Wow!  Ok, that's a textbook use of values.  You can tell from this that the lighting is very flat and even, because there are no highlights that "jump" out of their space in the painting.  Each region very clearly stays in its value range.

 4 values

4 values

Four values doesn't add a lot to this image, but it does give the sense of depth and a path back into the painting.  Four values is also where we see highlights come into the mix.

 Traveling Stick Salesman

Traveling Stick Salesman

I love how loose and graphic the character is.  He's made of literally 3 tones and values.  It's amazing what a good silhouette will give you!  Vance has used the classic walking stick maneuver to make it feel like a person, and to lead the eye into the painting.  The only anatomy he's defined is that great deltoid muscle, but that's enough to sell the lighting and sense of realism.

 The foreground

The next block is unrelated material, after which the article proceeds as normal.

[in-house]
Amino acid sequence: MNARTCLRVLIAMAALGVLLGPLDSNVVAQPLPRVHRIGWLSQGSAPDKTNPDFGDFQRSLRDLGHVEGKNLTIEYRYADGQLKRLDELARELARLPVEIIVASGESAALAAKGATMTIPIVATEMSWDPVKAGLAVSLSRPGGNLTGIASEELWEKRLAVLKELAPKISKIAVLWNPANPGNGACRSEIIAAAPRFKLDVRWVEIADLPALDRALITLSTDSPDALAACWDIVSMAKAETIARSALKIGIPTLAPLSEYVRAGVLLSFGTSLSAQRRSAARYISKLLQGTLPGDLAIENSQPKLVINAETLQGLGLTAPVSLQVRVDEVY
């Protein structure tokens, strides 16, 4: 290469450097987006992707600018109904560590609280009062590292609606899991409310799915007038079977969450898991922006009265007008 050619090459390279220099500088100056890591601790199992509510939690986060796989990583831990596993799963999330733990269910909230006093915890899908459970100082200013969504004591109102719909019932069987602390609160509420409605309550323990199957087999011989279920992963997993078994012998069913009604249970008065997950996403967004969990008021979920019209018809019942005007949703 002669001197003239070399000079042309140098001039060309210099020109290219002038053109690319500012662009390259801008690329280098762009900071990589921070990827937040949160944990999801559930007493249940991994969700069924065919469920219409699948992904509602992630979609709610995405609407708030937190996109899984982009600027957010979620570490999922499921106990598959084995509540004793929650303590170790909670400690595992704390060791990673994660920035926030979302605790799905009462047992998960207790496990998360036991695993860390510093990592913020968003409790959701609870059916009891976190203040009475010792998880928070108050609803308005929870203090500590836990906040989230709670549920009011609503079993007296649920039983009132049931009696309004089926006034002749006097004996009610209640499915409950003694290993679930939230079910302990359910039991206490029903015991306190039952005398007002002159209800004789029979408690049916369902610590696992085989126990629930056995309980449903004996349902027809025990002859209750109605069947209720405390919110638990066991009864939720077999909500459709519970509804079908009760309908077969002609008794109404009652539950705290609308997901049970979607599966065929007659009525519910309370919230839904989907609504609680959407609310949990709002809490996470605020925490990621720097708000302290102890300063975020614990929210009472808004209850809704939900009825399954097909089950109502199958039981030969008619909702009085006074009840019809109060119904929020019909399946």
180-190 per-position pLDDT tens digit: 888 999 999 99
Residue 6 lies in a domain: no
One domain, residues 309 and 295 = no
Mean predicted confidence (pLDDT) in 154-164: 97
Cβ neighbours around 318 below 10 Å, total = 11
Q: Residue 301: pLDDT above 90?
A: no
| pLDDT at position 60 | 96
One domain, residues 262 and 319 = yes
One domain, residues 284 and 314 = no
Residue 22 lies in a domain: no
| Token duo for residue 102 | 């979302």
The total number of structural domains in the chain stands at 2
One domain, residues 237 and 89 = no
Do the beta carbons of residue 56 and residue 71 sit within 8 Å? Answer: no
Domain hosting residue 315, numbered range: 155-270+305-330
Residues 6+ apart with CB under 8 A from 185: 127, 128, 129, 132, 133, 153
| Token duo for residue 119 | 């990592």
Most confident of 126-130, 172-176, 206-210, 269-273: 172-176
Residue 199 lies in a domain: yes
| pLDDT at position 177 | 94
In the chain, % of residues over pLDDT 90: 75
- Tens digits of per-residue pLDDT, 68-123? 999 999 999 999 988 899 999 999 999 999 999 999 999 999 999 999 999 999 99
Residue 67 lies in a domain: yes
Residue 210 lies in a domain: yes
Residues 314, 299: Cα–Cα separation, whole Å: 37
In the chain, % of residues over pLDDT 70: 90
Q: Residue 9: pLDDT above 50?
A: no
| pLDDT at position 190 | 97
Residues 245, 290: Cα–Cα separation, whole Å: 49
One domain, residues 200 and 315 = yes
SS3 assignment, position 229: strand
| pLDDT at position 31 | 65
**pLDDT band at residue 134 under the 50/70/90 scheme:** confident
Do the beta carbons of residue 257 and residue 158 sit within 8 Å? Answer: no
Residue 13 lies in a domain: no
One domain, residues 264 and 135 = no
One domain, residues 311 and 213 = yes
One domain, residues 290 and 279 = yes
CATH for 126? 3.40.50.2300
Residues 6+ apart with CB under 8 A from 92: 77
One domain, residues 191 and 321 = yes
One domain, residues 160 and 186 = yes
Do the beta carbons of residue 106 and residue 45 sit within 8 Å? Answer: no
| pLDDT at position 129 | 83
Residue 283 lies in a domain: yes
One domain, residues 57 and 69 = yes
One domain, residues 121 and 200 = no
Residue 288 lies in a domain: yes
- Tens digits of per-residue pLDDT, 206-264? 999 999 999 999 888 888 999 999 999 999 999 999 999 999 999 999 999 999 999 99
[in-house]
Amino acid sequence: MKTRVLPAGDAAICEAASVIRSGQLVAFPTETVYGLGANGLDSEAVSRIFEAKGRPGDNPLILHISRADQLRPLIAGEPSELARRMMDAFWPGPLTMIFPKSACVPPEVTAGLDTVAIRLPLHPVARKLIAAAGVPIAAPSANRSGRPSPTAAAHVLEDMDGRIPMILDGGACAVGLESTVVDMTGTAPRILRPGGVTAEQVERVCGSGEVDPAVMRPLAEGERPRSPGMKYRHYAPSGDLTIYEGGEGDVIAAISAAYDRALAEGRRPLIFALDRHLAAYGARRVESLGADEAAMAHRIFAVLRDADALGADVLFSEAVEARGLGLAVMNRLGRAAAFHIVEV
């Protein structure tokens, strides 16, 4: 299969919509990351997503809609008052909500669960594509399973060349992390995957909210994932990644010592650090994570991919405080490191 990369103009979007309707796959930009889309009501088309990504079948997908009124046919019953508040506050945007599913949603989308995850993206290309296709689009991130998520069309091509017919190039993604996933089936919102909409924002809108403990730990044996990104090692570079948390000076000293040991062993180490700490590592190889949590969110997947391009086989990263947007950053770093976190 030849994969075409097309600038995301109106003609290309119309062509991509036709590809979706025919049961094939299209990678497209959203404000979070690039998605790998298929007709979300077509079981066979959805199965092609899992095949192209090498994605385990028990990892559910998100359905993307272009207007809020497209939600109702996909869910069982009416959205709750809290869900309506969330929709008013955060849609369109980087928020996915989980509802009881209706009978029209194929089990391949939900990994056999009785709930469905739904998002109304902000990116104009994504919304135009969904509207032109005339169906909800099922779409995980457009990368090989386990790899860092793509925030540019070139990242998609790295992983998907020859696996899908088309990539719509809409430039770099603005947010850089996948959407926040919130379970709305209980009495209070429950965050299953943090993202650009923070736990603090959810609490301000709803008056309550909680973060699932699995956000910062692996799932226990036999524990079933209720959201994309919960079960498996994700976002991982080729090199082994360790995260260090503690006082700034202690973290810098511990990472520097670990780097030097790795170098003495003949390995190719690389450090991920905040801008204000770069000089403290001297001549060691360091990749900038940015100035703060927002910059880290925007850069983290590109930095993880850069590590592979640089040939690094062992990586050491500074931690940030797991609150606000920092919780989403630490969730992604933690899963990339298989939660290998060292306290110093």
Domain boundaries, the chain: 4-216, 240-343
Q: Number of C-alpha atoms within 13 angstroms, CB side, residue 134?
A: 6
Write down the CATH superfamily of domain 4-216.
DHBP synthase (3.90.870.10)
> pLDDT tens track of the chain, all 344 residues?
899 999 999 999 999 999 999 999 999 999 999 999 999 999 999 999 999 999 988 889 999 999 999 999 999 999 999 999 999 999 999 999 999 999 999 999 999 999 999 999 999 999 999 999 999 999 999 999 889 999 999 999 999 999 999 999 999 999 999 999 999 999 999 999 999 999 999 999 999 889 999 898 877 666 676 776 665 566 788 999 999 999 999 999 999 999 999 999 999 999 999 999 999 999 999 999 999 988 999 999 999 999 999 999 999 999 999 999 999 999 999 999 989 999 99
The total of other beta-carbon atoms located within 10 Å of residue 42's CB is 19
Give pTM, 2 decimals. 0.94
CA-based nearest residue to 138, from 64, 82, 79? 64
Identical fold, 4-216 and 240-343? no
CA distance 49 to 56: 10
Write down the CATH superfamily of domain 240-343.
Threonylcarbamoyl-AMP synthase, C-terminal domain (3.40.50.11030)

The foreground

This is very loose, and he has decreased its importance by keeping the contrast very low.  Vance is using cross-contour brush strokes to establish the form, except for a couple of highlights that are with the contour.  He's using simple brushes and no real textures.

The indication of vines continue the vertical theme of the rest of the painting, while the trunks have enough form to keep it from feeling graphic.

 FG vines

FG vines

Here, he's refrained from cross contour strokes, and instead builds up form and volume with overlapping vine strokes.  There is a little colour and textural variation, but not much.  Again, it's dark, and it's meant to be used as a framing element more than a descriptive one.